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Tuesday, April 2, 2013

DVD Review: Iron Man Armored Adventures: S2 V4

Wow. There are so many versions of Marvel stories out there, it boggles the mind. Alternate universes, alternate alternates. Crazy, right?

Iron Man Armored Adventures is yet another variation. Much like Spiderman: the New Animated Series from MTV, this story follows a high-school aged hero, and most of his friends and enemies are around the same age. They interact in more teen-centric ways: for example, The Mandarin has a sort-of relationship with Pepper Potts. I mean, they don't go steady. But almost. The animation style is also similar - all of the animation appears to be 3D cel shaded animation, including all of the people, as opposed to some recent animated hero shows that use 3D for all of the backgrounds and mechanical items, but what appears to be hand drawing for the people.

People look fine, but are a little stiff when animated.

That distinction is probably the only dig I would make on IMAA. While the 3D technique is excellent for a show that mostly has robots and mecha, it still falls short when it comes to human faces, dialog, and movement. Hand animation, even when mimicked in 3D (see Disney's Academy Award winning Paperman), is still far more effective than a 3D looking person in cel animation. That said, once you're used to it, it's not as distracting as some earlier attempts at this style from the 90s.

That's a pretty nice suit, Tony.
Did you finish your homework yet?
The Iron Man suit itself has some spiffy features in this series, most notably Extremis, a system young Stark devises that allows him to, among other things, suit up without appearing to carry the armor with him. He also can apparently gain control of computerized devices with it, which comes in handy sometimes.

Beyond that, there are some really great choices that come to pass story-wise. First and foremost, while this is clearly aimed at teens (and teens at heart), this is not some modular episodic. Like most modern Marvel animated series, this is a serial storyline, and it does make a difference if you don't watch the series from the beginning. If you're considering this disk, I highly recommend seeing it from the first ep of S1. Even though you will quickly get the story, there's a lot of fun to be had seeing it unfold.

Unique to this story variant is Tony Stark as a teenager who early in the series believes his father, Howard Stark, is dead. He discovers the truth on this disk, that's something to look forward to. I hate to spoil anything, so suffice to say that Tony's friend Roadie isn't the only character who ends up with powered armor. As you can see from the cover, S.H.I.E.L.D. figures prominently, as does The Hulk with yet another origin story, and Black Panther, who, if I heard correctly in one of the eps, has a familial relationship with none other than Nick Fury.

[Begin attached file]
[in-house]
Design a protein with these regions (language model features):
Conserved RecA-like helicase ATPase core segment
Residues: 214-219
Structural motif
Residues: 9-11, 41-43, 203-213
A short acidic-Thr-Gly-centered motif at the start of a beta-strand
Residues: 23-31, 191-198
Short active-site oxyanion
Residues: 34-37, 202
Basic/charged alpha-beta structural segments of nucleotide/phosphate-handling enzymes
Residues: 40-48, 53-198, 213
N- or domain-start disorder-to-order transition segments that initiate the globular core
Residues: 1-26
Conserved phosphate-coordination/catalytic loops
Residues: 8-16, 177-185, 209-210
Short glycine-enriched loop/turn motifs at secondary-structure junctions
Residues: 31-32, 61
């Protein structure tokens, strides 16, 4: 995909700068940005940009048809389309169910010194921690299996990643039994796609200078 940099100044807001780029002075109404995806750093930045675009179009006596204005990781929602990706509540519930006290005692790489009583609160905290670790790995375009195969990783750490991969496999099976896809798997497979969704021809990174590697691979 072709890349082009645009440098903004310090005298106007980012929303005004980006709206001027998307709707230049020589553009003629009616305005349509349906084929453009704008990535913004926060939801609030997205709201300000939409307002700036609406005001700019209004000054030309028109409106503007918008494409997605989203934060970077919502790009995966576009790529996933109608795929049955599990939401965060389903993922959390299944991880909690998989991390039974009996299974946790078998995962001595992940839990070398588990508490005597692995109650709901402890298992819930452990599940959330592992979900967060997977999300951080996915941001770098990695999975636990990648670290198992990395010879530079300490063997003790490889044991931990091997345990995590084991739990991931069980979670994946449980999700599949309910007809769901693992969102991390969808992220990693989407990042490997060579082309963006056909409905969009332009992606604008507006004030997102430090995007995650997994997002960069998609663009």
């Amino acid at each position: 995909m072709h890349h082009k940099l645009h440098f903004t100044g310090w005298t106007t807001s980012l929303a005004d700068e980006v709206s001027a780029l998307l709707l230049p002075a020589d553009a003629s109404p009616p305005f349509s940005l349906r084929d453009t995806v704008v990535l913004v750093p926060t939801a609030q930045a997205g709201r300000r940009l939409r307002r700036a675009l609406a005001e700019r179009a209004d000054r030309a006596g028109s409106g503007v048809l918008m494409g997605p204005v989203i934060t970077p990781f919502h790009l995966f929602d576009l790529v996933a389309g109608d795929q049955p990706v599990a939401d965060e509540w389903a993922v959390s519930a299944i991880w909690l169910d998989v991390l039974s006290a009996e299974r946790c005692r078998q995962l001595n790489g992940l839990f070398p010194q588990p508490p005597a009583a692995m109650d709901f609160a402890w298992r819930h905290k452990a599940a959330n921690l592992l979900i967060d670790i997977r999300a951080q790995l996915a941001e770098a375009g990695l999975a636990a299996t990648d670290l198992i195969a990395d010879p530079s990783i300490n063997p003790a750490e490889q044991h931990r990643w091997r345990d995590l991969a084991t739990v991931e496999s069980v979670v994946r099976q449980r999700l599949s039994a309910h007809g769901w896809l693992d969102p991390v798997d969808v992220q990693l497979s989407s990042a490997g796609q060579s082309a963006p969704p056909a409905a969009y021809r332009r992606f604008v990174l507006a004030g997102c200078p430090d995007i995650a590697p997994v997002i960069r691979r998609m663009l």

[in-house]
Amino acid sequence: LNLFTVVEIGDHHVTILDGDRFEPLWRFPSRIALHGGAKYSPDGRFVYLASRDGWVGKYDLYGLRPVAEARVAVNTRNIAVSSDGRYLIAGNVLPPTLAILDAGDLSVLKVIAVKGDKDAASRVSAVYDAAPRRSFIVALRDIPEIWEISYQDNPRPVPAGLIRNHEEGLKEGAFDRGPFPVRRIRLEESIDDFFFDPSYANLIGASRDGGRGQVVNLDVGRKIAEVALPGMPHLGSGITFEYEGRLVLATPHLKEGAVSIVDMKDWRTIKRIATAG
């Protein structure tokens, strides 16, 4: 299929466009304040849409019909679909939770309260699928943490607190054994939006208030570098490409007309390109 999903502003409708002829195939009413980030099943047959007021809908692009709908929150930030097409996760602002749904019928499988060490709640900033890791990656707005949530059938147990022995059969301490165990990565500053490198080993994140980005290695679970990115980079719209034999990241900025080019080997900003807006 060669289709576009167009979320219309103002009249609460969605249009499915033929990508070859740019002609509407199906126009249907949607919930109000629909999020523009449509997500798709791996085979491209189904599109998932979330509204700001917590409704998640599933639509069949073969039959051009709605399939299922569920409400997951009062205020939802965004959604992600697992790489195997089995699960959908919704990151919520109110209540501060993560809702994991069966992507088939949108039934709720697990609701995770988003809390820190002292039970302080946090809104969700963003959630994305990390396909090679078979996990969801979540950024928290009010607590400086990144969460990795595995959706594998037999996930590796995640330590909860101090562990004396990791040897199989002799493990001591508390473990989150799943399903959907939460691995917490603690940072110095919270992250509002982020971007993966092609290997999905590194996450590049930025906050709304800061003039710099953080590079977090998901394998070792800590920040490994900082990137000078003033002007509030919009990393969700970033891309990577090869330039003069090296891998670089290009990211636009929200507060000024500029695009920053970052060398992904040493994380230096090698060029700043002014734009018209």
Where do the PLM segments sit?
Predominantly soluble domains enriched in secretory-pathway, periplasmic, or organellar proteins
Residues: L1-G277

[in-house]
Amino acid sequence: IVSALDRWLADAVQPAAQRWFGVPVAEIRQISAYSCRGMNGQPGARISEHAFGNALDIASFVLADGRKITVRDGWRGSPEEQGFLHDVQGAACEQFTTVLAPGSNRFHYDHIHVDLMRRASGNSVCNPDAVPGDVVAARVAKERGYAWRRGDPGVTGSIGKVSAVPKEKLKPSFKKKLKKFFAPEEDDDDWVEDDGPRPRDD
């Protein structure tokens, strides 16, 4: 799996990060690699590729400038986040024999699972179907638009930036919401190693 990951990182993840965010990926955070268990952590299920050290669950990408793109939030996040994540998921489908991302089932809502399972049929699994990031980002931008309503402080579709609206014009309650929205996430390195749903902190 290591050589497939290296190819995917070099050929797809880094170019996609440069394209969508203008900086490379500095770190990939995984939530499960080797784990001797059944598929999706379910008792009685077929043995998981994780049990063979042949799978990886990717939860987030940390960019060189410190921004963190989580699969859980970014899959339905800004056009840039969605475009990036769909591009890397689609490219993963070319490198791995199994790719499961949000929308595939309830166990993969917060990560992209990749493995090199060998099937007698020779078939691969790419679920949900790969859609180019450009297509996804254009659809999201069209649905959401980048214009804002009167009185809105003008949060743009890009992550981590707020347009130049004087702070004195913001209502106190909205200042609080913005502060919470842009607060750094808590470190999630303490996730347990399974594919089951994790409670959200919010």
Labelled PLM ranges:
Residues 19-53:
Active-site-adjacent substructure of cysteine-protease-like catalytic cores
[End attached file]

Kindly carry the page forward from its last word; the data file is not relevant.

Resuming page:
You know what they say:
The central thrust to this storyline is Iron Man versus The Mandarin, and they play out the rings mythology all the way through, delving deep into its history, and exposing an origin of The Mandarin that I hadn't seen before.

It all leads to some great possibilities that I found fun to watch and well executed, especially granting the intended audience. It's not as gritty as some other recent Marvel animated fare, but there are real consequences to these characters' actions, and the kinds of travails we expect from Marvel. Stark isn't a drunk, he's too young. But there are comas, mental disorders, ill-advised outbursts, and more.

One thing I found very interesting - at one point, Tony Stark finds himself in a Matrix-like world, trapped by a villain trying to gain the secrets of Extremis. Then, there's an implication that he isn't totally sure of what is real and what is not after he escapes. The series actually doesn't appear to resolve this fully, and one wonders how this may figure into later seasons, if there will be any.

Lovecraft fans will enjoy this character who makes
a deal with Dr. Doom.
Overall, then, this was worthwhile. If you are a DVD user, and like the vast cornucopia of story variants that Marvel has been cranking out in the last decade, this is not one to miss. Oh, and keep a look out for the origin of the Ultimo robot (who looks a little too much like some designs of Ultron to me). Very interesting choice there.

As for the DVD itself, it's pretty unremarkable. There are some concept art galleries, and the packaging is fine, but frankly, there's nothing on the disk (not even alt languages) that insists you buy it rather than watch it streaming on Netflix or other services when it eventually comes out. Series 1 was on Netflix before.

One last thing: this show has one of the better theme songs in recent memory. It's catchy, fresh, and not too kid-oriented. Animated hero shows are definitely doing a better job with theme songs than in eras past, although they don't tell a story like most of the classics (Spiderman from the 70s comes to mind).

Iron Man: Armored Adventures
Season 2, Vol 4


7 out of 10 rings of Makluan

also consider getting the following:

Iron Man: Armored Adventures, Complete Season 1
Iron Man: Armored Adventures, Complete Season 2

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